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Owner of San Francisco's now-defunct lesbian bar still considers it to be a success

‘It was a crazy business model, but it worked’

Owner of San Francisco's now-defunct lesbian bar still considers it to be a success
Outside of The Lexington Club, which closed in 2015.

The Lexington Club (known colloquially as The Lex) was a lesbian bar in San Francisco that, despite catering to such a small demographic, was in business for 20 years.

GSN spoke with Lila Thirkield, The Lex’s owner, about the bar’s legacy and how San Francisco’s social landscape has changed.

What’s she up to now?

Since The Lex shut its doors in 2015, Thirkield has been busy working at her other bar, Virgil’s Sea Room, which first opened before The Lex even closed.

Though Virgil’s Sea Room is co-owned by a gay man, making it entirely queer-owned, the clientele isn’t specifically queer, as was the case with The Lex. Thirkield wanted to expand to a broader demographic.

Thirkield has remained close with The Lex’s staff and its regular patrons. In fact, the manager of The Lex currently works at Virgil’s Sea Room as well.

‘This is a community,’ Thirkield says. ‘Things just don’t stop because a place closes.’

And though The Lex closed down, Thirkield doesn’t see that as a failure.

‘I consider The Lex a huge success,’ she says, pointing out that the bar lasted 20 years even though it catered to such a specific demographic.

‘It was a crazy business model, but it worked,’ Thirkield states.

San Francisco is becoming pricey

The reason The Lex was unable to remain open, despite being a popular hangout for both locals
and out-of-towners alike, was because of the rising cost of living in San Francisco.

Gentrification over the last few years has caused many locals to be displaced because they could no longer afford the rising rent prices.

‘[San Francisco] is expensive and it makes me sad because it’s intimidating for young gay people to move here,’ Thirkield explains.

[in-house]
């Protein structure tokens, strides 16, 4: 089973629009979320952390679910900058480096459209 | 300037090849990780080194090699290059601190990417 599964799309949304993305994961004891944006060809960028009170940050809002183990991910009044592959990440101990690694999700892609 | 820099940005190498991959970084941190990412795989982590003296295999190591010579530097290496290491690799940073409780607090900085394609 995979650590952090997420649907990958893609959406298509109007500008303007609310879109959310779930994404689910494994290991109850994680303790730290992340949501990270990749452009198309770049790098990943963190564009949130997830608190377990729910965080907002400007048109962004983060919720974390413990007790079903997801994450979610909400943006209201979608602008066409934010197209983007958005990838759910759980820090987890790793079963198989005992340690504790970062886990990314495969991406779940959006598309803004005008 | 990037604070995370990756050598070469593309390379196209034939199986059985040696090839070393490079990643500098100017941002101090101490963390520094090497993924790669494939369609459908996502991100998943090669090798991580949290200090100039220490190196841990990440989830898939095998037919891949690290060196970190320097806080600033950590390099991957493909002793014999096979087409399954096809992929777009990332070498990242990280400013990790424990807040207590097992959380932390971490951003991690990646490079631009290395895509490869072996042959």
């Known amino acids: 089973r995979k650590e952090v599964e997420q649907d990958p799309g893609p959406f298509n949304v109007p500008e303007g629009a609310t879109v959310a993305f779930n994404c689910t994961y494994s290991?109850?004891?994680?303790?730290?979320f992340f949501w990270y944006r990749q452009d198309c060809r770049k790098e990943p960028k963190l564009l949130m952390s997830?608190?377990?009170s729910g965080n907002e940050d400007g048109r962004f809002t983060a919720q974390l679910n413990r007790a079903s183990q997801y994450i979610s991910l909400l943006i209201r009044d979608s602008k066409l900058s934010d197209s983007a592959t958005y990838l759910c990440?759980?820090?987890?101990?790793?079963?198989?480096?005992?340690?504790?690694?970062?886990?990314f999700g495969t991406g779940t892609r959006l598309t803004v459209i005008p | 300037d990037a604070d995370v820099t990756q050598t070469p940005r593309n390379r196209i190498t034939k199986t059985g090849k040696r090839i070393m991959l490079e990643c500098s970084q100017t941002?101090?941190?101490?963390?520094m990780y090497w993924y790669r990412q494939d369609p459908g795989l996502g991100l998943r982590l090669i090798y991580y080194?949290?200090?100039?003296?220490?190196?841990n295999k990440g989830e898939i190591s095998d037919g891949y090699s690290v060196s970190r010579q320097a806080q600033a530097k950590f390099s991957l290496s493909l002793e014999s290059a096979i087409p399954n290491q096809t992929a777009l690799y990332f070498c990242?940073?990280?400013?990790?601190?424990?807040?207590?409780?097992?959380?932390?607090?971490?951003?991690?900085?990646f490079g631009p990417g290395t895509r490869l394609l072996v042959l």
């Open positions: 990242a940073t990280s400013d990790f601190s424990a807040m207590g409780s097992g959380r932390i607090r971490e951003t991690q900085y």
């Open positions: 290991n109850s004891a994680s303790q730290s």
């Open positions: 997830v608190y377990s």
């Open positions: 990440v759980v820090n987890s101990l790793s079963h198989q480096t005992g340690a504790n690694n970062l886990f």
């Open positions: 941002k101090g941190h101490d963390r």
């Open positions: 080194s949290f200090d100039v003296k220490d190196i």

The Lex’s legacy

Still, Thirkield is proud of The Lex’s legacy not only as a bar, but also as a community center.

She discusses how The Lex’s walls were always lined with flyers for upcoming events taking place there. In fact, there wasn’t an event that ever took place there that didn’t have a flyer. This, Thirkield believes, allowed people to know what was going on even if they weren’t well-connected on Facebook.

Thirkield also describes what it was like to have young queer people, new to San Francisco, discovering themselves for the first time. The bar allowed these young people to experiment in a real space (unlike on the internet) with their identities.

‘Figuring out where you desire lies comes from being in that space,’ Thirkield says.

Where do lesbians hang out now?

While the Castro district is a hub for gay men, unfortunately Thirkield doesn’t see any equivalent for gay and queer women.

‘That [hub for gay women] used to be the Mission district, but I think that time has come and gone,’ she says.

Still, Thirkield’s love for San Francisco is as strong as ever, despite the economic problems.

Thirkield is confident that San Francisco will always remain a liberal and accepting city, regardless of who’s running the country.


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